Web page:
ATHENS, Ga. - One ex-employee of an Athens-based social-services agency was arrested Thursday on charges of stealing money from a retarded client, the day after another ex-employee was indicted on charges she stole from a blind woman for whom she was caring.
Mary Hall, formerly a residential supervisor with Advantage Behavioral Health Systems, surrendered at Clarke County Jail on Thursday afternoon, after learning that Athens-Clarke police had obtained an arrest warrant charging her with four counts of felony theft by conversion.
Athens-Clarke police Detective Beverly Russell said that Ms. Hall is suspected of stealing as much as $15,000 from the retarded Advantage client, but that the investigation was able to confirm only $950 had been stolen.
On Wednesday, a Clarke County grand jury returned an indictment charging 48-year-old Jacqueline Killian with three counts each of felony theft by conversion and first-degree fraud. As in Ms. Hall's case, Ms. Killian is suspected of stealing "much more" from her blind Advantage client than the $300 that could be proved, Detective Russell said.
The theft by conversion charges, usually misdemeanors, are felonies in these cases because the women had been employees of the state.
Formerly known as the Northeast Georgia Center for Mental Health, Mental Retardation and Substance Abuse, the agency provides social services to clients in Clarke and nine other northeast Georgia counties.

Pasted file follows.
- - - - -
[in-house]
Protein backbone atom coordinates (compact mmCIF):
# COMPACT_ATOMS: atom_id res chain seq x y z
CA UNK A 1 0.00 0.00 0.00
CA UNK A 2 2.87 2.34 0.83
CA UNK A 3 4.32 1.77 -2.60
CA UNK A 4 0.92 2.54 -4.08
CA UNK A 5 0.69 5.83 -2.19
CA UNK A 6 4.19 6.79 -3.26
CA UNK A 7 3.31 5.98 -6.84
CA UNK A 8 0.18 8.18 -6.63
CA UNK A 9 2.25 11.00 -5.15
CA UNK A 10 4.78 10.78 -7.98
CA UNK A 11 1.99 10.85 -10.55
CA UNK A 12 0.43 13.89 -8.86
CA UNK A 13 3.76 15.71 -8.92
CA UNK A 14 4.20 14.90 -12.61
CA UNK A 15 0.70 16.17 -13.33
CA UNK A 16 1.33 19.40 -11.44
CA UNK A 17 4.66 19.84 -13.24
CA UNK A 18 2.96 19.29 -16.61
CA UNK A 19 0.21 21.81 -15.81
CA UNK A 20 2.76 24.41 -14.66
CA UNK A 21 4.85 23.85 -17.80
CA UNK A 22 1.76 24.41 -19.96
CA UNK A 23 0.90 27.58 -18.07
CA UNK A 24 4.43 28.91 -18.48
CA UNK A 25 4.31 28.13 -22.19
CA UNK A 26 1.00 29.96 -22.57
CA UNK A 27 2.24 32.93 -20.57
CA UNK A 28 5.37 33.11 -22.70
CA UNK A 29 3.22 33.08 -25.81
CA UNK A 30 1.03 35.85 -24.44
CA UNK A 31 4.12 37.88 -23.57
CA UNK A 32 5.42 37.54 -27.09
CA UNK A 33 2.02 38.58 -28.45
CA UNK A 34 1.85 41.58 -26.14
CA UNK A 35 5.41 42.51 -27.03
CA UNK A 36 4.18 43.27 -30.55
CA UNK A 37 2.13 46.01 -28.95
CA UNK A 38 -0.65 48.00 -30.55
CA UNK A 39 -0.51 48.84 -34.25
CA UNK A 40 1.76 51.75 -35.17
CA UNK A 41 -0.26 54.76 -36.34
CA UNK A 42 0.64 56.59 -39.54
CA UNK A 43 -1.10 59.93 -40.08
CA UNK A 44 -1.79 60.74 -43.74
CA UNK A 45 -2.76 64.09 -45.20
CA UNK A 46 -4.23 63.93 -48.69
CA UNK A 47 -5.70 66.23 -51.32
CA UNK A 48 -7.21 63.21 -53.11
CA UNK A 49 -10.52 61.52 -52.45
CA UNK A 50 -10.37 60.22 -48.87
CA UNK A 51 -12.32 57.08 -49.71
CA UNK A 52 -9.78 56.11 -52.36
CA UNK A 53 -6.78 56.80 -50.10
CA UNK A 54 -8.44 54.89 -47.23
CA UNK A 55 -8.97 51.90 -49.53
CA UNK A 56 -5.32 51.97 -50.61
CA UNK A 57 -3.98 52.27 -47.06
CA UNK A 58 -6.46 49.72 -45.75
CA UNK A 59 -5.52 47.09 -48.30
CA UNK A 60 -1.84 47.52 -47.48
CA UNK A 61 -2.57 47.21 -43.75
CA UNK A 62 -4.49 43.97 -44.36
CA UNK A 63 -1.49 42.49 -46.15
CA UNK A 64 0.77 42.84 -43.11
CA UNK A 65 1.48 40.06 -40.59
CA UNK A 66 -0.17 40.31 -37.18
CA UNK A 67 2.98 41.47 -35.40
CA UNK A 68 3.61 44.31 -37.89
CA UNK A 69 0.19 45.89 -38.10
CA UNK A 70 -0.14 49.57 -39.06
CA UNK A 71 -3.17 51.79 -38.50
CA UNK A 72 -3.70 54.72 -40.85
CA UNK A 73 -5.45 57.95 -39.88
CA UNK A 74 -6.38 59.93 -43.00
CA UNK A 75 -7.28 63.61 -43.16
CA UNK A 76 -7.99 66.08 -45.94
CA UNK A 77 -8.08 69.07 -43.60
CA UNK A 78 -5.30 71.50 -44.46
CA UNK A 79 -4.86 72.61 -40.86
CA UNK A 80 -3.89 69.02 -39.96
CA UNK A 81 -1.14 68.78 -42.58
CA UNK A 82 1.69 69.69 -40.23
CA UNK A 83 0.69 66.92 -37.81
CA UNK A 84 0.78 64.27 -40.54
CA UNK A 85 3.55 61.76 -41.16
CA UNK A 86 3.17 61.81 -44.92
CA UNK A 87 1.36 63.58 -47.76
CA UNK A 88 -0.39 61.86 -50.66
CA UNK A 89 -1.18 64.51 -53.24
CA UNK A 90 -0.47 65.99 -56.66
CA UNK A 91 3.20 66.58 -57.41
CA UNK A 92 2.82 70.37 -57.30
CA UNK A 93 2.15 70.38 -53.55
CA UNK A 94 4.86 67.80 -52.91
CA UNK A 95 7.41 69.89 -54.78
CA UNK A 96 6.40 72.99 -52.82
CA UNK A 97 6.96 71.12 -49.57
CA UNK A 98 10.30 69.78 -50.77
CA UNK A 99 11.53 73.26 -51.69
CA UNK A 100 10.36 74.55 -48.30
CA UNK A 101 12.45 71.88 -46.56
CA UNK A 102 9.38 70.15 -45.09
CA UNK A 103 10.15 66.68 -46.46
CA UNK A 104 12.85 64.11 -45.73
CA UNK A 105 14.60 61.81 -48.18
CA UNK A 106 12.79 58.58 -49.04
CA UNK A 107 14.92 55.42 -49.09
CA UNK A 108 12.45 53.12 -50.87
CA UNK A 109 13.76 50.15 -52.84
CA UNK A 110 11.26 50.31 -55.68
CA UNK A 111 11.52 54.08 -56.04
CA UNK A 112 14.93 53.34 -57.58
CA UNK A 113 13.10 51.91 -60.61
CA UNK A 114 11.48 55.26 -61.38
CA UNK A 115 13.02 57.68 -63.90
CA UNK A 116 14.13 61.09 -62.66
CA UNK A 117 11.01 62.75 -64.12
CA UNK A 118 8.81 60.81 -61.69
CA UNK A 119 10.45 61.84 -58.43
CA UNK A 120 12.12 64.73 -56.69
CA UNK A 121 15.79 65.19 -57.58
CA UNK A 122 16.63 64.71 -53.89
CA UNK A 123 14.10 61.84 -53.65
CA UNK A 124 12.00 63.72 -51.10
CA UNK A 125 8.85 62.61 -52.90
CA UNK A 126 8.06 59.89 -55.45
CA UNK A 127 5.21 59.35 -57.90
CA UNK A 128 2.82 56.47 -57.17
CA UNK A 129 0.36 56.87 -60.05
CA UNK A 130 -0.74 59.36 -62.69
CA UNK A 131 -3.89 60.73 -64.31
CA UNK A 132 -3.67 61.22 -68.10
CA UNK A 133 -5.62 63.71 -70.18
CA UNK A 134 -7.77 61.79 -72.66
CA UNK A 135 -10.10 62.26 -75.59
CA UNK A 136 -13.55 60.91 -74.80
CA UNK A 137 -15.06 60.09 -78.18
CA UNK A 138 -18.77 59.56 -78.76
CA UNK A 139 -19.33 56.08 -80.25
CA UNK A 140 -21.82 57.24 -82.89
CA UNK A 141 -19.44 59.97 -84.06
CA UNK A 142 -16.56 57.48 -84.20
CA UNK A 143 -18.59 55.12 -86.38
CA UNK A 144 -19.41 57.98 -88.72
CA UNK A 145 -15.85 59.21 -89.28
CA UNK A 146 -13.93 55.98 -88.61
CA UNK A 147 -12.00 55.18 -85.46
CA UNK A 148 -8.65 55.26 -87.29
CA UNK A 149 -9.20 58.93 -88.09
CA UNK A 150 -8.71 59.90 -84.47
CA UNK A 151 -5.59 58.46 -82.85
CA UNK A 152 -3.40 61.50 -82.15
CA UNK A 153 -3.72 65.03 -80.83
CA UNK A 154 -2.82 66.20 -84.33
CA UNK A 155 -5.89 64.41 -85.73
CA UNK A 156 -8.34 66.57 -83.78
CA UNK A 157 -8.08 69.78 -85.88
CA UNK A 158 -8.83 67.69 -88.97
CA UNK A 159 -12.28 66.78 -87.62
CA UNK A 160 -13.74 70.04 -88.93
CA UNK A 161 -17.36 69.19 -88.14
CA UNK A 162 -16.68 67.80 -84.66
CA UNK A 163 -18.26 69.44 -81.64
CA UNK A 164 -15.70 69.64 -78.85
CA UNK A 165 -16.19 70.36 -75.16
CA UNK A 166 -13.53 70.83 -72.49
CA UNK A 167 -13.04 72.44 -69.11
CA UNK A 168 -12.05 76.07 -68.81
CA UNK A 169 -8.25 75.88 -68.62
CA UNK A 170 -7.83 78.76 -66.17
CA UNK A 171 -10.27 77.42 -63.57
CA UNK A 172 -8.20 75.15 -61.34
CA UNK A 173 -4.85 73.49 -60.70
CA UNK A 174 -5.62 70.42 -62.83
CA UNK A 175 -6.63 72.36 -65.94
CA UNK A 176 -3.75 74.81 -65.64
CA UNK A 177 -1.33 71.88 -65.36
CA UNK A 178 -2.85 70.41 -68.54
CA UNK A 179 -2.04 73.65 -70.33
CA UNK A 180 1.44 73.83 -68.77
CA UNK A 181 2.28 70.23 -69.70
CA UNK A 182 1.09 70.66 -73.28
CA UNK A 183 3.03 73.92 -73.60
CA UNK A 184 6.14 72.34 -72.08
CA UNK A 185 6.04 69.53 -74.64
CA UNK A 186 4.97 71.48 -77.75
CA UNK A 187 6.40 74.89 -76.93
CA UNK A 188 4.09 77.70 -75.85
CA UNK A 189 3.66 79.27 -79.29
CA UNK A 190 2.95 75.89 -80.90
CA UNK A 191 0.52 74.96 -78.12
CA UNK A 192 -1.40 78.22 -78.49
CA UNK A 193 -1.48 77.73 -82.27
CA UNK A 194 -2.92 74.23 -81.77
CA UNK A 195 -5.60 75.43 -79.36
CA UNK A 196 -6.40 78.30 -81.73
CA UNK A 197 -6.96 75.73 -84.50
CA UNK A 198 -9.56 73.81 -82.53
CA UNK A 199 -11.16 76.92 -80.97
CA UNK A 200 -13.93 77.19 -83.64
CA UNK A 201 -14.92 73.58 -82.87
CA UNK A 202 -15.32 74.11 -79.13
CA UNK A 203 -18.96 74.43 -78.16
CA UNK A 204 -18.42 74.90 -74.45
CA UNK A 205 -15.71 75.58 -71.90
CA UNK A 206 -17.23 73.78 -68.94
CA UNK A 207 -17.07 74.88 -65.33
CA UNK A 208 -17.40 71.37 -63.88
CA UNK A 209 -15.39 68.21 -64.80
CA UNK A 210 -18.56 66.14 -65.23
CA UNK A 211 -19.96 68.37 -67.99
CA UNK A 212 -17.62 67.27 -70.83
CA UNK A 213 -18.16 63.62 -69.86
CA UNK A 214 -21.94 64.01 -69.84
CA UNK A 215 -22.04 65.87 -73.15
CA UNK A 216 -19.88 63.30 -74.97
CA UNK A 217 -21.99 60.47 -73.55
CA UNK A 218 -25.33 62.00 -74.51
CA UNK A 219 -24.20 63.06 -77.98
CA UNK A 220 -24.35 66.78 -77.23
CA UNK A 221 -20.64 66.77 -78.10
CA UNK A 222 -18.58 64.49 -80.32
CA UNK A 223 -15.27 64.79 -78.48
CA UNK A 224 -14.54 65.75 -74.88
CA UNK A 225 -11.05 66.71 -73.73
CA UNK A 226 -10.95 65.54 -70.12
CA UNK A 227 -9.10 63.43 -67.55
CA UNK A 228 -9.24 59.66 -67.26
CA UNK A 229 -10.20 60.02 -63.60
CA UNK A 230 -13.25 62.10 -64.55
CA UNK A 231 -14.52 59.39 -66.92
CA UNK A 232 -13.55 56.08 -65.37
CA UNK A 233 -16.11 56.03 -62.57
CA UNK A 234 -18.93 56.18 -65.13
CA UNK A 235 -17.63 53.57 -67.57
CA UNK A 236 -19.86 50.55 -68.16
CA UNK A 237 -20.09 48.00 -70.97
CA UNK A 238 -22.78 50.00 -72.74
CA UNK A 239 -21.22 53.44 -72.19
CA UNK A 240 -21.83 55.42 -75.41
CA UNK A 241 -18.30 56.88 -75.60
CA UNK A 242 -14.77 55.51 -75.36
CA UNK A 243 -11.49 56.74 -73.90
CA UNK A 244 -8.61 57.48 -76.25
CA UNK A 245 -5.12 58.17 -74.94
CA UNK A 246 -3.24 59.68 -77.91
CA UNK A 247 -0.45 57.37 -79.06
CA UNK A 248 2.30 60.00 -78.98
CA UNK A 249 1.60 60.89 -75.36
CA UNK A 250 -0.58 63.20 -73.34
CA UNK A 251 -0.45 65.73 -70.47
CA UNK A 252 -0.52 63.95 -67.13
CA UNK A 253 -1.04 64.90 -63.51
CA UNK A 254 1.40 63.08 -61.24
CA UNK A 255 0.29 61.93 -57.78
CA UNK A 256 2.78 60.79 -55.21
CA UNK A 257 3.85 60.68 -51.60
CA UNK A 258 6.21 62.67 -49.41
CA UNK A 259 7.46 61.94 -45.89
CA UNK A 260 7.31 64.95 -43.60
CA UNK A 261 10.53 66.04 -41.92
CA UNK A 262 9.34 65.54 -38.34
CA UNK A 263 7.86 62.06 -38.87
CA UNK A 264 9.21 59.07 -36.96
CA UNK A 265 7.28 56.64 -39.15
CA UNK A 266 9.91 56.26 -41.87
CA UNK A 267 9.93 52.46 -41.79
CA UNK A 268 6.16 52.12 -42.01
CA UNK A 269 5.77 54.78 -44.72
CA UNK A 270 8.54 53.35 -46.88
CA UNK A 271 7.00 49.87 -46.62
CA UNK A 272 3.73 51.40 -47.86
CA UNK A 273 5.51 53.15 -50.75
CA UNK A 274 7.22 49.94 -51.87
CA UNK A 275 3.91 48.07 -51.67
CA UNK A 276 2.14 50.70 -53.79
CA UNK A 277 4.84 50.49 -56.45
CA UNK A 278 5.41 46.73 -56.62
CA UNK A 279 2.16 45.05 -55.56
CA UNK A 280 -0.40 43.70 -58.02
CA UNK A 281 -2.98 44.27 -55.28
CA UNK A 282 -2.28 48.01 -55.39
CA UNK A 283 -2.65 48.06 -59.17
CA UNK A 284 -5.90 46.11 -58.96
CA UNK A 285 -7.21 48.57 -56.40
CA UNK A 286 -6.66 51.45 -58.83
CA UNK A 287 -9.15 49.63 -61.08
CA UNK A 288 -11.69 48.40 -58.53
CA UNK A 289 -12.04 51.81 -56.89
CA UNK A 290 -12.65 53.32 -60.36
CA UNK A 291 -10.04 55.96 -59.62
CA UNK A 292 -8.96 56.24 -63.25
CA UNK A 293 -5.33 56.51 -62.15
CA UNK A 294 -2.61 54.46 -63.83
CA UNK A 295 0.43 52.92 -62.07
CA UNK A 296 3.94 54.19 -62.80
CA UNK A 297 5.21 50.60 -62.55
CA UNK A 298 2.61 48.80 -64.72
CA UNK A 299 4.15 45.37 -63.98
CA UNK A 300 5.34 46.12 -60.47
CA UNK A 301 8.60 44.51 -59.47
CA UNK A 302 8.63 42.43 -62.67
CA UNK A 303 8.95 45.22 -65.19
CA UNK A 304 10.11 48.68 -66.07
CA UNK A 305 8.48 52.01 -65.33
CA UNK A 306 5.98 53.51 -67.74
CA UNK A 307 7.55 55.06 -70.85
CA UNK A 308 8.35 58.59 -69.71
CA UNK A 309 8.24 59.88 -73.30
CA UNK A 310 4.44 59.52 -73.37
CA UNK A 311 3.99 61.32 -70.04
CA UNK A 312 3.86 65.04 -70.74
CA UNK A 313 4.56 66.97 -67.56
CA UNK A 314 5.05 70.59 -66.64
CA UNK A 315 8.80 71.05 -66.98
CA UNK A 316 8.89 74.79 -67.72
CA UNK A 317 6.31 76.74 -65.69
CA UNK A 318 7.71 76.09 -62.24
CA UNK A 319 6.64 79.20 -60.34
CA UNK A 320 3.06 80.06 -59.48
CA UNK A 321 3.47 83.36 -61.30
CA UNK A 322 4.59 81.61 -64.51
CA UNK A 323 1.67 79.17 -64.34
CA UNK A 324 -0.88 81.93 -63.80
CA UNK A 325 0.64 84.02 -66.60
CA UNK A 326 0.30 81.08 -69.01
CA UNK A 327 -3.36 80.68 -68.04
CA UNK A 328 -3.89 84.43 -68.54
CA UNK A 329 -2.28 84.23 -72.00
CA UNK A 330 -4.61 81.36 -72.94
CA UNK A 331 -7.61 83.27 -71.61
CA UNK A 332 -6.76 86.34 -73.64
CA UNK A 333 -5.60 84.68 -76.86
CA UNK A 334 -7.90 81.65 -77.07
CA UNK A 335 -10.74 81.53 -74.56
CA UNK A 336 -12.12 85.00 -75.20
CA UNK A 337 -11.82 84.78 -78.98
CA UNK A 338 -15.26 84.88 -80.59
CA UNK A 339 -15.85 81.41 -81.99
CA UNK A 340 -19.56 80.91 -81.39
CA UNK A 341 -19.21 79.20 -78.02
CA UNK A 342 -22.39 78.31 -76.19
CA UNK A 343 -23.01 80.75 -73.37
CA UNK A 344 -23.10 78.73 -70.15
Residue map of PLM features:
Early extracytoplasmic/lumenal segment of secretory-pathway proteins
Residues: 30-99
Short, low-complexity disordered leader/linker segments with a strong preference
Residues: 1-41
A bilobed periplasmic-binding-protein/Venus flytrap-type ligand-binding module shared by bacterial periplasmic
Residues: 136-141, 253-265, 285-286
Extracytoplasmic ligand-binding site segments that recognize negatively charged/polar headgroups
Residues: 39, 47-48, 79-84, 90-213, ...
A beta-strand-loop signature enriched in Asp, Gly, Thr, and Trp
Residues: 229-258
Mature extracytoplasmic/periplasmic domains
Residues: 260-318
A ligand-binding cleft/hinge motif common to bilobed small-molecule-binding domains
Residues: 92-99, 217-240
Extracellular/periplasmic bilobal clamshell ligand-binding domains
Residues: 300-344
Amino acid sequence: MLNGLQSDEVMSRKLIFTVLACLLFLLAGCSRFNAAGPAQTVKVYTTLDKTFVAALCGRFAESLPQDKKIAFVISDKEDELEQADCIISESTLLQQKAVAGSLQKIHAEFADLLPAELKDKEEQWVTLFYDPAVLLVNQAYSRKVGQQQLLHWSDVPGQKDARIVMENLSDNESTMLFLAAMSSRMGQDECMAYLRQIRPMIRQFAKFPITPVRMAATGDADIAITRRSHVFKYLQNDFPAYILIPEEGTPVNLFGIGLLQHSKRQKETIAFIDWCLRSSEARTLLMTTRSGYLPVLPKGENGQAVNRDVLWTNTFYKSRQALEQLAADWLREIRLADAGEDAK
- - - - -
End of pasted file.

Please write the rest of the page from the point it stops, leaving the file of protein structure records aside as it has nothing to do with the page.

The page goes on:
Advantage maintains accounts for clients from which they can draw to pay for such living expenses as food and rent. Detective Russell said the agency instituted measures to tighten controls over client funds after allegations of thefts surfaced in October.
Ms. Hall had been an Advantage employee since 1989. She resigned Oct. 3, a day after a published news account that the state Department of Human Resources was investigating allegations of thefts from Advantage clients.
According to Detective Russell, Ms. Hall had been taking care of a mildly retarded man who required assisted-living services from Advantage while supporting himself with a job cleaning the floor of an area business. Instead of depositing the man's paychecks into his Advantage account, Ms. Hall cashed the checks and used the money to "supplement her income."
Ms. Killian had been caring for a 45-year-old blind woman who held a part-time job.
Detective Russell said that like Ms. Hall, Ms. Killian had pocketed money from the woman's earnings instead of depositing it into the woman's account at Advantage.